wrapping it in saran wrap is kinda icky for the cheese in my opinion...I put it in a paper sack in its own drawer so it can breathe.
posted by sondrialiac at 9:12 AM on March 22, 2008


Huh. I almost always do (c), so I guess I'll have to join you in the asylum. That said, I've found a wide range of variation among different cheese-vendors in the elasticity of the wrapping they use, and the adhesiveness of the sticker. With cheese from some stores, the sticker will never unpeel, and the plastic is all brittle and weird, and I just go straight to (a), figuring life is too short.

There are people who store their cheese unwrapped?? Doesn't it dry out and become crusty and awful?
posted by Kat Allison at 9:12 AM on March 22, 2008


A. Except you don't use fresh saran wrap, you use waxed paper or I like that press-n-seal crap for cheese.
posted by DenOfSizer at 9:12 AM on March 22, 2008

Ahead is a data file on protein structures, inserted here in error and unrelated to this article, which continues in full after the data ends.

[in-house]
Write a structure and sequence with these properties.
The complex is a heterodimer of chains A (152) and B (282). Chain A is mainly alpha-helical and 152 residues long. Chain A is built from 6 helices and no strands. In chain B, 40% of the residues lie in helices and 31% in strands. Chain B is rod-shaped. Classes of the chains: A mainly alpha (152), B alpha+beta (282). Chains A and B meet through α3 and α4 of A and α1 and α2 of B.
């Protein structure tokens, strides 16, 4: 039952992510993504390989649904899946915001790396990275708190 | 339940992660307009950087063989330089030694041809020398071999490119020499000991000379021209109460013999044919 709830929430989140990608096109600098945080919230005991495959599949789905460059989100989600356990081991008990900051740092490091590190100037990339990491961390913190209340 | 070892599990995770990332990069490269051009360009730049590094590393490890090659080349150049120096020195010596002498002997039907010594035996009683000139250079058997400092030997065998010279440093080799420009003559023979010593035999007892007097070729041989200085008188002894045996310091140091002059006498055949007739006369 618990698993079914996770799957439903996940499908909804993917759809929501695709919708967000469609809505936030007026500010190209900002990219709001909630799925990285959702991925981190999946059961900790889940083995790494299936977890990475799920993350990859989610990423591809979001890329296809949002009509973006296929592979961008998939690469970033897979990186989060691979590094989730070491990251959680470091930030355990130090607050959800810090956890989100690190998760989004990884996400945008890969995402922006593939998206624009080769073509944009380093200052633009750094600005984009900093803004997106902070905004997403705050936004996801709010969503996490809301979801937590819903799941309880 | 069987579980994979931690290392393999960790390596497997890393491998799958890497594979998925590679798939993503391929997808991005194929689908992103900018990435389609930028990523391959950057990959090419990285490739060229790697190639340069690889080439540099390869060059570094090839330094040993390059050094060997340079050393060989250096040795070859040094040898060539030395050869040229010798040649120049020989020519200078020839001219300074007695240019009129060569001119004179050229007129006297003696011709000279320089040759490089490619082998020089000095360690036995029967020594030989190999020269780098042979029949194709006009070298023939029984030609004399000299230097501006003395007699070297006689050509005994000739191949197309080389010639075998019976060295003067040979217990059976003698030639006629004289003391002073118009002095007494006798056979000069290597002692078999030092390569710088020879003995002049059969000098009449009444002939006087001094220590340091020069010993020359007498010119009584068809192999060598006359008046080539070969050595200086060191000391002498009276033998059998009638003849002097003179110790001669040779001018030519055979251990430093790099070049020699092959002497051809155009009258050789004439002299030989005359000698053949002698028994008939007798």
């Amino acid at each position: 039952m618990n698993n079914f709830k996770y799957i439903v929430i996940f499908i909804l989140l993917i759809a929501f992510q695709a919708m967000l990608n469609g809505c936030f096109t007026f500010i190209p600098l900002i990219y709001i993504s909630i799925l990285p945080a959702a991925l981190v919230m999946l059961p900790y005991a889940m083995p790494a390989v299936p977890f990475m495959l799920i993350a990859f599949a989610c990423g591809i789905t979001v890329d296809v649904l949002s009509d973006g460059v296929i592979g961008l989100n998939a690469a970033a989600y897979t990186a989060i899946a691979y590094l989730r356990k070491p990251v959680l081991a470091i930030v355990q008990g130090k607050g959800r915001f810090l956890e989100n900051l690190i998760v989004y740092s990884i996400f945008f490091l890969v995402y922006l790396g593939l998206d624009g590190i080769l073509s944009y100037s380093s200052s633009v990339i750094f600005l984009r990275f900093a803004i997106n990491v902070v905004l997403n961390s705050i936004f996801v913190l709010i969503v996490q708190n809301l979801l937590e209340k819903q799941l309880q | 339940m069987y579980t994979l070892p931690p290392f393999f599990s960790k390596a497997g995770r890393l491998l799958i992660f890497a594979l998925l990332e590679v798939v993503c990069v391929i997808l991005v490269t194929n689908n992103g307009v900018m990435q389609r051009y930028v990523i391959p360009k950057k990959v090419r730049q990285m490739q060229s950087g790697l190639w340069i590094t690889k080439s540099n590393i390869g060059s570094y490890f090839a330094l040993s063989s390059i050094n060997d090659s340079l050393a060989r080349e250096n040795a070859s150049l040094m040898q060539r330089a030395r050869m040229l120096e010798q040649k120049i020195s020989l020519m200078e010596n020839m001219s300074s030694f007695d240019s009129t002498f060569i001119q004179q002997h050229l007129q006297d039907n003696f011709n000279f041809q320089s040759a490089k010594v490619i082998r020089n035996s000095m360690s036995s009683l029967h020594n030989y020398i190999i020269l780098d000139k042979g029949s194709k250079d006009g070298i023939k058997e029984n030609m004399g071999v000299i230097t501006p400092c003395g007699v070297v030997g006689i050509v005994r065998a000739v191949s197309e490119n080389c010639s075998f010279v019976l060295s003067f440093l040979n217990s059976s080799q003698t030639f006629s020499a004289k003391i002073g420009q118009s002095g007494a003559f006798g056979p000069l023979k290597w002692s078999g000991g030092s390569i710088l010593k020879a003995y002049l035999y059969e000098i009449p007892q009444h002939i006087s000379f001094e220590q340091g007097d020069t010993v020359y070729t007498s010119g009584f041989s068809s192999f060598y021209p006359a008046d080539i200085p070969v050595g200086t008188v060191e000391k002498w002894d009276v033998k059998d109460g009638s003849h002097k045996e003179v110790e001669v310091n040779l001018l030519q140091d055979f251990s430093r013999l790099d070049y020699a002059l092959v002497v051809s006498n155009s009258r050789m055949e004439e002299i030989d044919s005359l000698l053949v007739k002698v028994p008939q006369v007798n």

^ oh and yes, I do re-use the press-n-seal. You shouldn't use saran wrap because it suffocates the active cultures in the cheese, is the scuttlebutt.
posted by DenOfSizer at 9:14 AM on March 22, 2008


I'm kinda with you on c, but not too careful about things, though... if the original wrap can be reused when it's time to put the cheese away, so much the better, but if not, I get out my own wrap or drop it in a ziploc bag before putting it back in the refrigerator's dairy area.
posted by mumkin at 9:19 AM on March 22, 2008


We usually buy cheese in multiples, for parties or a cheese tasting, so we do save the wrapper (and I have done c, many times) so that we can keep straight which is which for later. But most often, I put cheese, wrapper and all into a baggie. But that may change now; interesting link, DenOfSizer.

Seattle MeFites, see you at the Cheese Festival in May!